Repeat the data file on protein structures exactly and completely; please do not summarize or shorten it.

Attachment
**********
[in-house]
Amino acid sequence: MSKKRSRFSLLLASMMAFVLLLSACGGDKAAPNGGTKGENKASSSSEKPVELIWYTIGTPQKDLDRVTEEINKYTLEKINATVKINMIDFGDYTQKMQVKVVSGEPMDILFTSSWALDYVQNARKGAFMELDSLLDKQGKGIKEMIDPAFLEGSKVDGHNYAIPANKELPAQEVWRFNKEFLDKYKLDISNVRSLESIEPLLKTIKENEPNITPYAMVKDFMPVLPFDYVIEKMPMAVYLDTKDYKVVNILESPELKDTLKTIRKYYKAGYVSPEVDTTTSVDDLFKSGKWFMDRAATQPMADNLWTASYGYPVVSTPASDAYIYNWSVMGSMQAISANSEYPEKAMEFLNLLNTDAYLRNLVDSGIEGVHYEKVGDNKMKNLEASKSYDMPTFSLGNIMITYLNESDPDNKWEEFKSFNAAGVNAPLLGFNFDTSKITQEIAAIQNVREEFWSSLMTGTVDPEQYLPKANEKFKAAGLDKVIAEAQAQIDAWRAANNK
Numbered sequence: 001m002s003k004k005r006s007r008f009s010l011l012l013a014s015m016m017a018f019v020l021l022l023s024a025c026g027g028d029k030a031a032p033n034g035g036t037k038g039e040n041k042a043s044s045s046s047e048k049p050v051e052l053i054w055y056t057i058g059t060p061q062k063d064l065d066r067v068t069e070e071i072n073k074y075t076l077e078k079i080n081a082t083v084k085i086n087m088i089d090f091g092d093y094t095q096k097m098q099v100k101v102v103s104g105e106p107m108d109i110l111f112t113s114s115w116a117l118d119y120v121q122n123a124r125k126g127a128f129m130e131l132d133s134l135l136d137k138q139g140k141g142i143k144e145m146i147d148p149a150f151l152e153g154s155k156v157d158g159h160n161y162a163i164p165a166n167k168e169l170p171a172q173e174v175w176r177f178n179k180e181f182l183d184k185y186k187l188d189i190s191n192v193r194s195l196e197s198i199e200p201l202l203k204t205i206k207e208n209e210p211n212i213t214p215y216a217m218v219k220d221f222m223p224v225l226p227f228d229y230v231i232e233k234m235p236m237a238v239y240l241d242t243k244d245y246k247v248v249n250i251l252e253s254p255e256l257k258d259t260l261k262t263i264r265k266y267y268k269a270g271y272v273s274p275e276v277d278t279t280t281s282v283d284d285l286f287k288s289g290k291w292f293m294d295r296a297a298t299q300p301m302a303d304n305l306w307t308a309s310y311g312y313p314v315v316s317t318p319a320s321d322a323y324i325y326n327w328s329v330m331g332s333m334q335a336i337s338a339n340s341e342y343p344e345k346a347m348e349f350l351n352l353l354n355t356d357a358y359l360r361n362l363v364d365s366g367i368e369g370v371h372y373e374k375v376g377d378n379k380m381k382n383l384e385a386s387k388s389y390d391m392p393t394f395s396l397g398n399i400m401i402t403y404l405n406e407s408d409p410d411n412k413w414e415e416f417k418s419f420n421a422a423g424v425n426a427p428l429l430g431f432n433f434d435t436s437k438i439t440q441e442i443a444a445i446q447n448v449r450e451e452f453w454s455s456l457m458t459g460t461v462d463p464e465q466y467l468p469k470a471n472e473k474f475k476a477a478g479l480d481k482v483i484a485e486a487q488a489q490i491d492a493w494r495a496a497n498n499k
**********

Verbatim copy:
[in-house]
Amino acid sequence: MSKKRSRFSLLLASMMAFVLLLSACGGDKAAPNGGTKGENKASSSSEKPVELIWYTIGTPQKDLDRVTEEINKYTLEKINATVKINMIDFGDYTQKMQVKVVSGEPMDILFTSSWALDYVQNARKGAFMELDSLLDKQGKGIKEMIDPAFLEGSKVDGHNYAIPANKELPAQEVWRFNKEFLDKYKLDISNVRSLESIEPLLKTIKENEPNITPYAMVKDFMPVLPFDYVIEKMPMAVYLDTKDYKVVNILESPELKDTLKTIRKYYKAGYVSPEVDTTTSVDDLFKSGKWFMDRAATQPMADNLWTASYGYPVVSTPASDAYIYNWSVMGSMQAISANSEYPEKAMEFLNLLNTDAYLRNLVDSGIEGVHYEKVGDNKMKNLEASKSYDMPTFSLGNIMITYLNESDPDNKWEEFKSFNAAGVNAPLLGFNFDTSKITQEIAAIQNVREEFWSSLMTGTVDPEQYLPKANEKFKAAGLDKVIAEAQAQIDAWRAANNK
Numbered sequence: 001m002s003k004k005r006s007r008f009s010l011l012l013a014s015m016m017a018f019v020l021l022l023s024a025c026g027g028d029k030a031a032p033n034g035g036t037k038g039e040n041k042a043s044s045s046s047e048k049p050v051e052l053i054w055y056t057i058g059t060p061q062k063d064l065d066r067v068t069e070e071i072n073k074y075t076l077e078k079i080n081a082t083v084k085i086n087m088i089d090f091g092d093y094t095q096k097m098q099v100k101v102v103s104g105e106p107m108d109i110l111f112t113s114s115w116a117l118d119y120v121q122n123a124r125k126g127a128f129m130e131l132d133s134l135l136d137k138q139g140k141g142i143k144e145m146i147d148p149a150f151l152e153g154s155k156v157d158g159h160n161y162a163i164p165a166n167k168e169l170p171a172q173e174v175w176r177f178n179k180e181f182l183d184k185y186k187l188d189i190s191n192v193r194s195l196e197s198i199e200p201l202l203k204t205i206k207e208n209e210p211n212i213t214p215y216a217m218v219k220d221f222m223p224v225l226p227f228d229y230v231i232e233k234m235p236m237a238v239y240l241d242t243k244d245y246k247v248v249n250i251l252e253s254p255e256l257k258d259t260l261k262t263i264r265k266y267y268k269a270g271y272v273s274p275e276v277d278t279t280t281s282v283d284d285l286f287k288s289g290k291w292f293m294d295r296a297a298t299q300p301m302a303d304n305l306w307t308a309s310y311g312y313p314v315v316s317t318p319a320s321d322a323y324i325y326n327w328s329v330m331g332s333m334q335a336i337s338a339n340s341e342y343p344e345k346a347m348e349f350l351n352l353l354n355t356d357a358y359l360r361n362l363v364d365s366g367i368e369g370v371h372y373e374k375v376g377d378n379k380m381k382n383l384e385a386s387k388s389y390d391m392p393t394f395s396l397g398n399i400m401i402t403y404l405n406e407s408d409p410d411n412k413w414e415e416f417k418s419f420n421a422a423g424v425n426a427p428l429l430g431f432n433f434d435t436s437k438i439t440q441e442i443a444a445i446q447n448v449r450e451e452f453w454s455s456l457m458t459g460t461v462d463p464e465q466y467l468p469k470a471n472e473k474f475k476a477a478g479l480d481k482v483i484a485e486a487q488a489q490i491d492a493w494r495a496a497n498n499k